Background to the decision:
- Market expectations of a rate rise now mid-2012
- Euro-area sovereign debt markets are more strained.
- The cost of bank funding in wholesale markets had remained elevated internationally, reflecting sovereign debt and banking sector strains
- Broad-based easing in the pace of global activity
- Output in US weakened more than recent supply-chain disruptions following the Japanese tsunami could explain
- Euro area seen moderate growth but significant divergence
- Oil prices fell slightly over the month
- Weak underlying growth, particularly from domestic demand
- Business surveys had been softer, linked to the slowdown in global activity
- Continued weakness in consumption expected
- Indicators of cost of credit to households and businesses remained elevated
- CPI inflation fell back to 4.2% but food and energy prices mean the near-term peak is likely to be higher
- Remain significant risks that expectations of above-target inflation would become entrenched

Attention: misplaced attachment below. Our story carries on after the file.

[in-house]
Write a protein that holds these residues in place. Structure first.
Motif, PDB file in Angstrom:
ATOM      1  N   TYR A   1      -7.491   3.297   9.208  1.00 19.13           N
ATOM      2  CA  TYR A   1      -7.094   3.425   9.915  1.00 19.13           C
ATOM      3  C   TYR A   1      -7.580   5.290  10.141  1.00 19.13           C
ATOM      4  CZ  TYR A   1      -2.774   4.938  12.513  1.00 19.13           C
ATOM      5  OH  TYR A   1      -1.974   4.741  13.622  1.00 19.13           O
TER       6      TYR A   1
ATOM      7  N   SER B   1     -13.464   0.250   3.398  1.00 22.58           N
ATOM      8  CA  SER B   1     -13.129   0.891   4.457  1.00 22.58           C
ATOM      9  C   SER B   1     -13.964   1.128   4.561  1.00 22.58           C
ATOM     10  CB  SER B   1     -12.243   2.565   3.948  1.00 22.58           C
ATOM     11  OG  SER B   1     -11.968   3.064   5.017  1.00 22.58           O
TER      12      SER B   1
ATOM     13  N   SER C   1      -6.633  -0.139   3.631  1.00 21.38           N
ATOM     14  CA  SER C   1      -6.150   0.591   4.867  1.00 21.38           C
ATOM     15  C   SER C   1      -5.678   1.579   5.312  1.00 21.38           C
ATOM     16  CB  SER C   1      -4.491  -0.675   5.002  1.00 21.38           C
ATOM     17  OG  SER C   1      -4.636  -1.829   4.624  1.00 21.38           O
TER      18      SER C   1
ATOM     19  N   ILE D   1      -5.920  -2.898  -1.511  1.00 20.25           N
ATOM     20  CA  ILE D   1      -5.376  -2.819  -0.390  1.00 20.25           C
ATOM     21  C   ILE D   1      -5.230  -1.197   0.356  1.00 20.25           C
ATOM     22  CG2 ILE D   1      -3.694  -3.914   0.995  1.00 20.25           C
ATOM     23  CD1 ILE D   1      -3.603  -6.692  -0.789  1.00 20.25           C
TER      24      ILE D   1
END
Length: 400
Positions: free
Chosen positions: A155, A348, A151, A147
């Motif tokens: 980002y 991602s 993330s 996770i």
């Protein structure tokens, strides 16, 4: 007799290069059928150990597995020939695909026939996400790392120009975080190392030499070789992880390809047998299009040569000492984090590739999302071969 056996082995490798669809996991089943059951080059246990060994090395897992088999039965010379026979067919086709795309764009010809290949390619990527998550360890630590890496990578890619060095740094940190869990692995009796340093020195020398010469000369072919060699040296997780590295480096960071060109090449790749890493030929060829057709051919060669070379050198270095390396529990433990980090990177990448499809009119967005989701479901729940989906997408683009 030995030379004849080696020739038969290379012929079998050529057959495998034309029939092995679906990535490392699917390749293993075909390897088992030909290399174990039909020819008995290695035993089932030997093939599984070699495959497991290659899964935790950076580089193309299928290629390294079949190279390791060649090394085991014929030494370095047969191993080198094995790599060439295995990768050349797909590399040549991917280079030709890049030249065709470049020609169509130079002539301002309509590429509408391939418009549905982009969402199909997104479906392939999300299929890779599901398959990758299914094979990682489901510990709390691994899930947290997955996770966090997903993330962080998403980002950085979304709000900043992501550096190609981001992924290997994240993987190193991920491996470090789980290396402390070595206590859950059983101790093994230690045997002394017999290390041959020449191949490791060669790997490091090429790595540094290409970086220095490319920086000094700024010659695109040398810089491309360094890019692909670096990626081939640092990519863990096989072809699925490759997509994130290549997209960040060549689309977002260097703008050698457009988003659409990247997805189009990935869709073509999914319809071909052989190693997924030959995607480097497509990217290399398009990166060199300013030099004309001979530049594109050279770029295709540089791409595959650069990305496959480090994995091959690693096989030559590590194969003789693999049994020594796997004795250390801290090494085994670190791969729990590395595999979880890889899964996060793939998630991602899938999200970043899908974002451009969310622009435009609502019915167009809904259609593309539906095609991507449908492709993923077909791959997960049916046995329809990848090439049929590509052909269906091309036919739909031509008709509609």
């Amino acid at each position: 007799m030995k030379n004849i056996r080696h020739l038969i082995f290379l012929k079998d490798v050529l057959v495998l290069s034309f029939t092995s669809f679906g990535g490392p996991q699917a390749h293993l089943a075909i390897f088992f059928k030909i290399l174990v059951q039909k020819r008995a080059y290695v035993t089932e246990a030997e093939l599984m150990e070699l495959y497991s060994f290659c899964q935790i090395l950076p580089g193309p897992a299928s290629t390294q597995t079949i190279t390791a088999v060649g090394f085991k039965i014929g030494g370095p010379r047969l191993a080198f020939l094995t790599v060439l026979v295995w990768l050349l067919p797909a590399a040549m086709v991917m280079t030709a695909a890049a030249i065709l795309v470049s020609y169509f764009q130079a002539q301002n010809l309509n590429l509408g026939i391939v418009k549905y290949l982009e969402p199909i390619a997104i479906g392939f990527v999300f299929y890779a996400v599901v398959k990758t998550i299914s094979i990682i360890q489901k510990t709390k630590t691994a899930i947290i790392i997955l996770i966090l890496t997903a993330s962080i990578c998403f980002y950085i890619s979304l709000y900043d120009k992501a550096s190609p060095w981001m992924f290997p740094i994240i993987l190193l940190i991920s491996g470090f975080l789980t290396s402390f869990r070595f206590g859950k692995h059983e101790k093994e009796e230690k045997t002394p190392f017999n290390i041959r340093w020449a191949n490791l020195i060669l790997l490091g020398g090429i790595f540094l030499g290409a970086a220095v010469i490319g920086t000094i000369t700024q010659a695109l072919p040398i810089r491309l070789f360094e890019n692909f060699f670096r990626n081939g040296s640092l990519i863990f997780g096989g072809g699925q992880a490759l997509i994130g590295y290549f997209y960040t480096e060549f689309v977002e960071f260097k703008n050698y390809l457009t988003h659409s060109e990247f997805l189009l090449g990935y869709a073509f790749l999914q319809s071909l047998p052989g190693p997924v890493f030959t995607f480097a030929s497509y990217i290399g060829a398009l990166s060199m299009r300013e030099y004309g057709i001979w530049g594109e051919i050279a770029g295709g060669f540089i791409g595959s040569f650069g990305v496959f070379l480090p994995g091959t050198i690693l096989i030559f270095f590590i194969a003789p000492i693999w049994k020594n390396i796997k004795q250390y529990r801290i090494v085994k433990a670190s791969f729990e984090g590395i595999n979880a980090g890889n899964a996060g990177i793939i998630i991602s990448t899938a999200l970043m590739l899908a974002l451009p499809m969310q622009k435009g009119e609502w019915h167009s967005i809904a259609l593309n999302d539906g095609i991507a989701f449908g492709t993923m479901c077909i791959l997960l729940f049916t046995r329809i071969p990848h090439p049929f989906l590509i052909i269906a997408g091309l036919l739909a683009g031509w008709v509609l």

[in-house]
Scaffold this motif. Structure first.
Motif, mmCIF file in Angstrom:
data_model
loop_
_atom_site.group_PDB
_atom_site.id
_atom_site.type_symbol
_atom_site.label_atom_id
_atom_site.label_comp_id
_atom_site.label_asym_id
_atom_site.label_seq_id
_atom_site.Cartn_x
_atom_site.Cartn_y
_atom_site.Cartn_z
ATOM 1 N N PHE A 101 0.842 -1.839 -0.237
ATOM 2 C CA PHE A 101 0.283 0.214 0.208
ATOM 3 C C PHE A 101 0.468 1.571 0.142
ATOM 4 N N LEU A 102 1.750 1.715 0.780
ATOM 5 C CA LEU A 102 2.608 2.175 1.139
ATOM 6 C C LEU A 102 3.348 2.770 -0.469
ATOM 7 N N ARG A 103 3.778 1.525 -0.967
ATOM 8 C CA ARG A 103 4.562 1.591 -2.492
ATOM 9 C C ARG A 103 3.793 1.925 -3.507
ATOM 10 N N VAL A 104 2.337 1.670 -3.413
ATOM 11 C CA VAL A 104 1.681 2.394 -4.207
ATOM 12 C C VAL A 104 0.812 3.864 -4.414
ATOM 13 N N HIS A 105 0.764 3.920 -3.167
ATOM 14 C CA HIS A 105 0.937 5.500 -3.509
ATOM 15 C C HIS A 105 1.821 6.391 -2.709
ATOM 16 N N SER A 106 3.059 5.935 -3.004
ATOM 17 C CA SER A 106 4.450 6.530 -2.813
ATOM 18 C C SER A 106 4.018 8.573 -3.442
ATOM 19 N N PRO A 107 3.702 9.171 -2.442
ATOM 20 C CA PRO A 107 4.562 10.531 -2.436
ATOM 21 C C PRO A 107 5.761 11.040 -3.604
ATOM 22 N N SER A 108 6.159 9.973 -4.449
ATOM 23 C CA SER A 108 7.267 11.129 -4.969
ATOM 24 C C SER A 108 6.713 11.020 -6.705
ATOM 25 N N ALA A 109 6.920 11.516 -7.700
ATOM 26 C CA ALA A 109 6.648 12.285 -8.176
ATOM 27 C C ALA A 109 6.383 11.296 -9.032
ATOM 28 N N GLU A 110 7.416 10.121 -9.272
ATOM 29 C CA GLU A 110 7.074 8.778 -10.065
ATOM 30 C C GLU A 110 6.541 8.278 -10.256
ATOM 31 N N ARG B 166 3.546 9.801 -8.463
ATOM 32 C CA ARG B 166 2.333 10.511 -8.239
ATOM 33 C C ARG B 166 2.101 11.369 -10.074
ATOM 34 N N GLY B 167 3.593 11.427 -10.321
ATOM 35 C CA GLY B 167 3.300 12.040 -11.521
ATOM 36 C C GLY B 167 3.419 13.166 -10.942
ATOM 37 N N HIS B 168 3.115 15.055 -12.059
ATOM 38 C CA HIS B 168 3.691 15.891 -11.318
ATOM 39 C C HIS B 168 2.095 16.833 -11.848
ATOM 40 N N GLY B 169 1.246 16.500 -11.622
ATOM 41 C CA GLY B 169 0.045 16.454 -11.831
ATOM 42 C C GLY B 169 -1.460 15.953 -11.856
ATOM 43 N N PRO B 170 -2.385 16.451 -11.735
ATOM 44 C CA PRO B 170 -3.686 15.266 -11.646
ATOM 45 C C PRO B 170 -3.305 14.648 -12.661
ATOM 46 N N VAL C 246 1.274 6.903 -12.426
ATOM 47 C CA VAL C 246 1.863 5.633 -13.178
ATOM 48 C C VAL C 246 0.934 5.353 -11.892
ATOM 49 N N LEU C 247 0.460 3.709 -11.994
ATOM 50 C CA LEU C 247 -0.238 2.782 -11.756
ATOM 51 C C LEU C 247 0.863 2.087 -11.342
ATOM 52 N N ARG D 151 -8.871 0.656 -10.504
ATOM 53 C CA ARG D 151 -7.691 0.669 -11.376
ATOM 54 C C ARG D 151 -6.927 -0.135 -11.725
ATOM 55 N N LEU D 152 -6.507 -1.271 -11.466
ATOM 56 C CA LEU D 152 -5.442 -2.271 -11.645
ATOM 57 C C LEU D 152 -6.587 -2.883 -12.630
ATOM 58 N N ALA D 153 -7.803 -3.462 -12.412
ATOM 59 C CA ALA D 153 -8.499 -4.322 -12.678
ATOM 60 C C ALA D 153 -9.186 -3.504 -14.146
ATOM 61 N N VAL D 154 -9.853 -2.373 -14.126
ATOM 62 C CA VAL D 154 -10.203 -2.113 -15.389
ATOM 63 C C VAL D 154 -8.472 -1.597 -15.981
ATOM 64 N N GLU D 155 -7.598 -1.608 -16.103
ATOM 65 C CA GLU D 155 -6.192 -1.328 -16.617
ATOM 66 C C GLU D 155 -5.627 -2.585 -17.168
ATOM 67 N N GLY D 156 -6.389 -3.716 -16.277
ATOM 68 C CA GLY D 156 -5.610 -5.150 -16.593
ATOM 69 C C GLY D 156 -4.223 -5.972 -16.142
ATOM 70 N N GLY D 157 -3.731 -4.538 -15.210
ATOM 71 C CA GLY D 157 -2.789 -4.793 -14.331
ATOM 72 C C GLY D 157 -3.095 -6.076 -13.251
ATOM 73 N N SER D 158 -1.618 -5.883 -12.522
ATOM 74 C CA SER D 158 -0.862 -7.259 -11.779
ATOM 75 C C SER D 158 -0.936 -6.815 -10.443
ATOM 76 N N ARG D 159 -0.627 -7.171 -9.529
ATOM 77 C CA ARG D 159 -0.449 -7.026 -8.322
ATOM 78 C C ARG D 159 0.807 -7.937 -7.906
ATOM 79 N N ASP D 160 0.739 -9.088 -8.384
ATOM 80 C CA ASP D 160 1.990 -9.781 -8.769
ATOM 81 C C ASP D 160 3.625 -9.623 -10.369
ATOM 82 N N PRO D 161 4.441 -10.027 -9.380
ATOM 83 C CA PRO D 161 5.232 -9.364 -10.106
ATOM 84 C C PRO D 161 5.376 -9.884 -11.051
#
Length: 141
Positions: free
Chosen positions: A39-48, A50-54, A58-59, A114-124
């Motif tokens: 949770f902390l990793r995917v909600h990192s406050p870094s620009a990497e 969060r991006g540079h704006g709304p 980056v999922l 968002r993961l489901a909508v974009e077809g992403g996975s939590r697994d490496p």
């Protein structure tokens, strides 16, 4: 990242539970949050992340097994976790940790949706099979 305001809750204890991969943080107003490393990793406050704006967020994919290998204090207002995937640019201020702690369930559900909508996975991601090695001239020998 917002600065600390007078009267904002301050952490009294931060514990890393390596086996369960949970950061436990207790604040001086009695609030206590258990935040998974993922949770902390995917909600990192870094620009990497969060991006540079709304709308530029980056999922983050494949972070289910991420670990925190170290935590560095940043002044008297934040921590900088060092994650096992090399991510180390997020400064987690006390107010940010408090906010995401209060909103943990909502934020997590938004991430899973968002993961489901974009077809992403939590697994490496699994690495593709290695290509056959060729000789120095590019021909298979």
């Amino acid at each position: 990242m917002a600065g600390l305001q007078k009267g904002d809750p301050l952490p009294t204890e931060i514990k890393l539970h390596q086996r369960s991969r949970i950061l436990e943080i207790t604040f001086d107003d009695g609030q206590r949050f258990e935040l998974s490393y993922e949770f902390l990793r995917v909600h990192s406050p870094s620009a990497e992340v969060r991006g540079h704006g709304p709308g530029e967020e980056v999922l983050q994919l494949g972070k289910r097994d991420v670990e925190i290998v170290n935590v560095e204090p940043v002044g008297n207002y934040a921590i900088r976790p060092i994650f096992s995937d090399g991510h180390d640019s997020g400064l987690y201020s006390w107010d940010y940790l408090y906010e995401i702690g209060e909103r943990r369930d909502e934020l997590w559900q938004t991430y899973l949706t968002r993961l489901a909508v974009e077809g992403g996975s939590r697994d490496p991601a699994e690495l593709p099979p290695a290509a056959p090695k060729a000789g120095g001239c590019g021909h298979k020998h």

- Little evidence to suggest that CPI inflation had begun to feed through into wages
- Labour productivity growth has been weaker than expected
- Pace of employment growth has begun to slow
Despite June's fall in CPI, it was felt that inflation was likely to rise furtherthough the margin of spare capacity should still push down inflation in the medium term
Key downside risk: demand growth too weak to soak up spare capacityKey upside risk: expectations of above-target inflation would become entrenched.
Overall the balance of risks had not changed significantly over the month. Risks remained substantial in both directions. Most members judged it was appropriate to maintain the current stance of monetary policy.
The voting pattern remained the same, with Spencer Dale and Martin Weale calling for a 25 basis point rate rise; and Adam Posen calling for an increase in the asset purchase programme of £50bn.